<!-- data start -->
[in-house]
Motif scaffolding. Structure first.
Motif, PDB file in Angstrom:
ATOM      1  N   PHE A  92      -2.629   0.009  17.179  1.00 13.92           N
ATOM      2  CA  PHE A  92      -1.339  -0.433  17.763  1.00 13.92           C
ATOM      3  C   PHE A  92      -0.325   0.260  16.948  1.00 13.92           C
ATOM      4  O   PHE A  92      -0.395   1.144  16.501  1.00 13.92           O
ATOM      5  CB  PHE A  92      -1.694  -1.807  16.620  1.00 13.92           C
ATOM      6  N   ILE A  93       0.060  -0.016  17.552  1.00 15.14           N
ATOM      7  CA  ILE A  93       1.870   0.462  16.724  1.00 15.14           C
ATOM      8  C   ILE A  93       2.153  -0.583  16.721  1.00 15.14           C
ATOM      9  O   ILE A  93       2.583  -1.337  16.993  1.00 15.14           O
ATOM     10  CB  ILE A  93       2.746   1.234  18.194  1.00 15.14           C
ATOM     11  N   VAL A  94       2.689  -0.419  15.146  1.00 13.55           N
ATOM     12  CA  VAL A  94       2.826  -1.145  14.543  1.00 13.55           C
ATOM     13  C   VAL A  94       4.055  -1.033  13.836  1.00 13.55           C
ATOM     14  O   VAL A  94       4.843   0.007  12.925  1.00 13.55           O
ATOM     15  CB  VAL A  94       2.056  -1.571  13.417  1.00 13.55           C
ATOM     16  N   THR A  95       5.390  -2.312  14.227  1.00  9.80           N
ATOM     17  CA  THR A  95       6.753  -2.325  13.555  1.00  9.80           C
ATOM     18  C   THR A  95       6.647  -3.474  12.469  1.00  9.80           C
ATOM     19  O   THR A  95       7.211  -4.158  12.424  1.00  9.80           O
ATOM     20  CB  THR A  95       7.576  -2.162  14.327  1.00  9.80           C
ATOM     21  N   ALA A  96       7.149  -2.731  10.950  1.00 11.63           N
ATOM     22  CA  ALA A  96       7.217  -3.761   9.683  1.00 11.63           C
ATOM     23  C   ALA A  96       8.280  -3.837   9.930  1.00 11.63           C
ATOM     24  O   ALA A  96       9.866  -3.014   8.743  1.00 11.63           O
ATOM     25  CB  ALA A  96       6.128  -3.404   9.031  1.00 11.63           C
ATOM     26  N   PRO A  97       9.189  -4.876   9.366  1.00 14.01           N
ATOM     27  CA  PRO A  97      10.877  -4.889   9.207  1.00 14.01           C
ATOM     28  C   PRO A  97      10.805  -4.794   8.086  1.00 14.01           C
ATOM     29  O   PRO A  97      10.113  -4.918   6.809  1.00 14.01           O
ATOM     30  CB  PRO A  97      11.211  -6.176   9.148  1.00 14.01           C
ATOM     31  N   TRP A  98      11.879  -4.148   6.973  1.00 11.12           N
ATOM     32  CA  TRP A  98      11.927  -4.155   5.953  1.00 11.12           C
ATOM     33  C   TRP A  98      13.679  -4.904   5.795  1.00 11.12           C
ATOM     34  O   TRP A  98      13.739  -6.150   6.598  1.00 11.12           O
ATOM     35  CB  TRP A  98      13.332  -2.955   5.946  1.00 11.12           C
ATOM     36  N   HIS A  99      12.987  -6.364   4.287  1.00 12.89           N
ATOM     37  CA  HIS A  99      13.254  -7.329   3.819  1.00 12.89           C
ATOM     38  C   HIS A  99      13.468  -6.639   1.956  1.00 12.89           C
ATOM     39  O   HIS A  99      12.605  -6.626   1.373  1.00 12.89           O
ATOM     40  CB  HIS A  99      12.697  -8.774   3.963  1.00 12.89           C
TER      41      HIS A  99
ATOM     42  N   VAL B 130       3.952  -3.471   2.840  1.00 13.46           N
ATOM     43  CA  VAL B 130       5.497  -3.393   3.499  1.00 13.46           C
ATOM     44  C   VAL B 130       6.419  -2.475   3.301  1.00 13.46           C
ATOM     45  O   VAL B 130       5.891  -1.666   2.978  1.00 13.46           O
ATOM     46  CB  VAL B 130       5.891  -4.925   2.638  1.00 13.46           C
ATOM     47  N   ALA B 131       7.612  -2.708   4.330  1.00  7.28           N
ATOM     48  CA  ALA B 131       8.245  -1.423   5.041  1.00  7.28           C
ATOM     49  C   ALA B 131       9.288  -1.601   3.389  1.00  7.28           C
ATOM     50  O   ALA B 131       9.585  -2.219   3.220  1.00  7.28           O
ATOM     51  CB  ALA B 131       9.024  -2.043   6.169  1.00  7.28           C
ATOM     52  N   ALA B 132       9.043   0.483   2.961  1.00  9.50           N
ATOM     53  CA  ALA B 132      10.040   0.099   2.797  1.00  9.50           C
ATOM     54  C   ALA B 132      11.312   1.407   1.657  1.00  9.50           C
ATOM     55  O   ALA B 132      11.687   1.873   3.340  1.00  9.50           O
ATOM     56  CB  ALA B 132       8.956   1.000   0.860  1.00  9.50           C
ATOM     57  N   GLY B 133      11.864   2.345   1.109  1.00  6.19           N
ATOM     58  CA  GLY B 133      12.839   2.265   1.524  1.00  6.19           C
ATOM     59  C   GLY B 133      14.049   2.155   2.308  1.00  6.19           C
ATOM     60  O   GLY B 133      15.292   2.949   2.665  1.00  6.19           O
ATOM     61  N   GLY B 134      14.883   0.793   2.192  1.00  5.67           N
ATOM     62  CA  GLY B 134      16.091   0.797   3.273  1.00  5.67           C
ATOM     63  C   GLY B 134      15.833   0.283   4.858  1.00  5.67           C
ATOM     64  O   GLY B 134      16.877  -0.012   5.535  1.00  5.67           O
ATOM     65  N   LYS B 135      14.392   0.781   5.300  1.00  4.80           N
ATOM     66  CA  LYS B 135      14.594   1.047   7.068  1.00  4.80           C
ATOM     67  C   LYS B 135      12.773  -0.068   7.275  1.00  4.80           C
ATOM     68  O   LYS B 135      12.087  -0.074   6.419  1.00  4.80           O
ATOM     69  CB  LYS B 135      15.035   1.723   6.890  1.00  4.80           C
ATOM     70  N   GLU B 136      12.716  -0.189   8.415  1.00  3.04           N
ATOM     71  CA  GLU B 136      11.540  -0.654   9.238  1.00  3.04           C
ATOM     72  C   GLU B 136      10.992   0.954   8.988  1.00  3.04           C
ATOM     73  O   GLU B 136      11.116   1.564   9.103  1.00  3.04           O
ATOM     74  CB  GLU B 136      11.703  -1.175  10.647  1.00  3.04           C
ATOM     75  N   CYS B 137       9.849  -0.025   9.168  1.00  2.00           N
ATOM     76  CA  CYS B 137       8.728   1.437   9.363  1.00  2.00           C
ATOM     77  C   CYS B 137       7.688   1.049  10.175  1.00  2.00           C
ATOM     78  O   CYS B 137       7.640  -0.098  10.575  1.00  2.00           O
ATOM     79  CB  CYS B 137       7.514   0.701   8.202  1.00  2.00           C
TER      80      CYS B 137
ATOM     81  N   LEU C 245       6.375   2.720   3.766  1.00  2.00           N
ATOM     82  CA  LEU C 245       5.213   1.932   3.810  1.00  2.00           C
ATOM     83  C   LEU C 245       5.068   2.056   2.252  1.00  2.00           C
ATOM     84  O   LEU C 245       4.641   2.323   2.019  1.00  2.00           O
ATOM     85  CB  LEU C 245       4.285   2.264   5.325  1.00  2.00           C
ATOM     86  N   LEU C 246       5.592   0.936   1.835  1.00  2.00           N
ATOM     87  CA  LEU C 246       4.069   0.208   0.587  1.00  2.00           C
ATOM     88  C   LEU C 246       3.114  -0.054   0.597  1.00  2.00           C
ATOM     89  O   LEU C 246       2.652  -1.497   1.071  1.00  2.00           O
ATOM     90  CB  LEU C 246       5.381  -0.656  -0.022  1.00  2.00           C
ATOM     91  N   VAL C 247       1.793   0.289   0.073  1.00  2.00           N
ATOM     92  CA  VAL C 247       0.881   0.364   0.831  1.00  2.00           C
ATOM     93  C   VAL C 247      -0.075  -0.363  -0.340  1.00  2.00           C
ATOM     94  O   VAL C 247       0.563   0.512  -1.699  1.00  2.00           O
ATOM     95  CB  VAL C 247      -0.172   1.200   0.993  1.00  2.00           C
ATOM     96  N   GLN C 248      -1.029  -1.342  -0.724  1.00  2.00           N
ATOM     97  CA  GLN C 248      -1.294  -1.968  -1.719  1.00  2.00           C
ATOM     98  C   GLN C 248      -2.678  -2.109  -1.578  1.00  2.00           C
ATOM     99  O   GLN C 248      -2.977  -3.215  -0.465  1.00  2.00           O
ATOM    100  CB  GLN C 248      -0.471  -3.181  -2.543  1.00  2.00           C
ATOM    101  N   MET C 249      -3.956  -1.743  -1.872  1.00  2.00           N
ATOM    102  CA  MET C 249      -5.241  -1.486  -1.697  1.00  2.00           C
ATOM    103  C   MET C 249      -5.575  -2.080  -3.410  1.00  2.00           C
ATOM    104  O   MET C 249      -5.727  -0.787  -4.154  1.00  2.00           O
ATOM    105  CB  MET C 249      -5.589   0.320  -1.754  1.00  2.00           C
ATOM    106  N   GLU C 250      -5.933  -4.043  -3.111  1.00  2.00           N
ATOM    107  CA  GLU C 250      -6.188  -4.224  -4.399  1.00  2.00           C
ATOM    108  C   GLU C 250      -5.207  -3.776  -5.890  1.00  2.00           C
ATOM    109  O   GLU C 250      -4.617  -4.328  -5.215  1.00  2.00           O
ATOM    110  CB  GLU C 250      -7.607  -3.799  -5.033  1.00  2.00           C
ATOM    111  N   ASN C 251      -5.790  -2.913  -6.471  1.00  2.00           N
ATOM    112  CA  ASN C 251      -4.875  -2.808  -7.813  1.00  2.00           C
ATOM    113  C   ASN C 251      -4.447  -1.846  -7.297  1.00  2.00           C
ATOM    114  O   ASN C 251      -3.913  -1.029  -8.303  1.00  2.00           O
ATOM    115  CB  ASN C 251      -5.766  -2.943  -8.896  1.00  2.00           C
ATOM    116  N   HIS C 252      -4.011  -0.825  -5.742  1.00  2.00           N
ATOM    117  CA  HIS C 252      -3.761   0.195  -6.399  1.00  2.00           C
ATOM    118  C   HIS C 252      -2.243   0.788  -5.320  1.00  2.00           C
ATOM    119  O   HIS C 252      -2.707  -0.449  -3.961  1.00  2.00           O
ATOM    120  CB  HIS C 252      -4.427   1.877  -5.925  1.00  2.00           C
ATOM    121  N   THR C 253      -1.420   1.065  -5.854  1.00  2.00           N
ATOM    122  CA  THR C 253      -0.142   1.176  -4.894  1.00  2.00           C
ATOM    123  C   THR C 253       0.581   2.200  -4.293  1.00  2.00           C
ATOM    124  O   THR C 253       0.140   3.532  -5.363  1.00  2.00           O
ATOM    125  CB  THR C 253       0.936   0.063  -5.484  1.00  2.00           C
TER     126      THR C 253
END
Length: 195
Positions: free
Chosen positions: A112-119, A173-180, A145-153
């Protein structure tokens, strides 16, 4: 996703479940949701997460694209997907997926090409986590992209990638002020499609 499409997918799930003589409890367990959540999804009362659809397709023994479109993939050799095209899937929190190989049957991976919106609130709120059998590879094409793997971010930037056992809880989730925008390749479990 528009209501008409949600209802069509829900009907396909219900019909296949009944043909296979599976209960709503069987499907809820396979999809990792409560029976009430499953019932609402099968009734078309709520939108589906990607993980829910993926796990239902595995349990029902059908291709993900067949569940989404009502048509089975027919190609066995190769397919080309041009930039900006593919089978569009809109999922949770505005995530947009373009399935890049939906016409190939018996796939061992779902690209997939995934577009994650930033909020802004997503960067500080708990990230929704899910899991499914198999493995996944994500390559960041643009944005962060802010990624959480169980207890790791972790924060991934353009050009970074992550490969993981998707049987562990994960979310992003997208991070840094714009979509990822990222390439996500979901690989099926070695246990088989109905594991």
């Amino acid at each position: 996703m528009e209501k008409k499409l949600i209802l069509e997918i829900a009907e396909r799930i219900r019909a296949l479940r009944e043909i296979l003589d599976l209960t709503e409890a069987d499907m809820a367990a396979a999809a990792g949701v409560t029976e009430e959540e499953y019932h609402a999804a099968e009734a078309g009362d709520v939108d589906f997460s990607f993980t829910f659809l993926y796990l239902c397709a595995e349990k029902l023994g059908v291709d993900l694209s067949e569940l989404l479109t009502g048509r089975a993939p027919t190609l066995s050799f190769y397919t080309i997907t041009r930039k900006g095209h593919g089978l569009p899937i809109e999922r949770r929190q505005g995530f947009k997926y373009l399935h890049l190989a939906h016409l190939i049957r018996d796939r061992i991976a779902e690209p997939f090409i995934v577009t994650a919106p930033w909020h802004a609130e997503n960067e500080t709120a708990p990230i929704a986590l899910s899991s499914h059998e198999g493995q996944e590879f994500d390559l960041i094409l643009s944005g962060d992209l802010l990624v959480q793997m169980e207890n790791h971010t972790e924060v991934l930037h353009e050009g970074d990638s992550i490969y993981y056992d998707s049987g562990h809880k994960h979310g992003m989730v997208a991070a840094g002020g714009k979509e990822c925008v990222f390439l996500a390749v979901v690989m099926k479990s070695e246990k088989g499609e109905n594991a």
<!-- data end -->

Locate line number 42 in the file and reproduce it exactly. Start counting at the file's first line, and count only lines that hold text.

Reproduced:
ATOM     39  O   HIS A  99      12.605  -6.626   1.373  1.00 12.89           O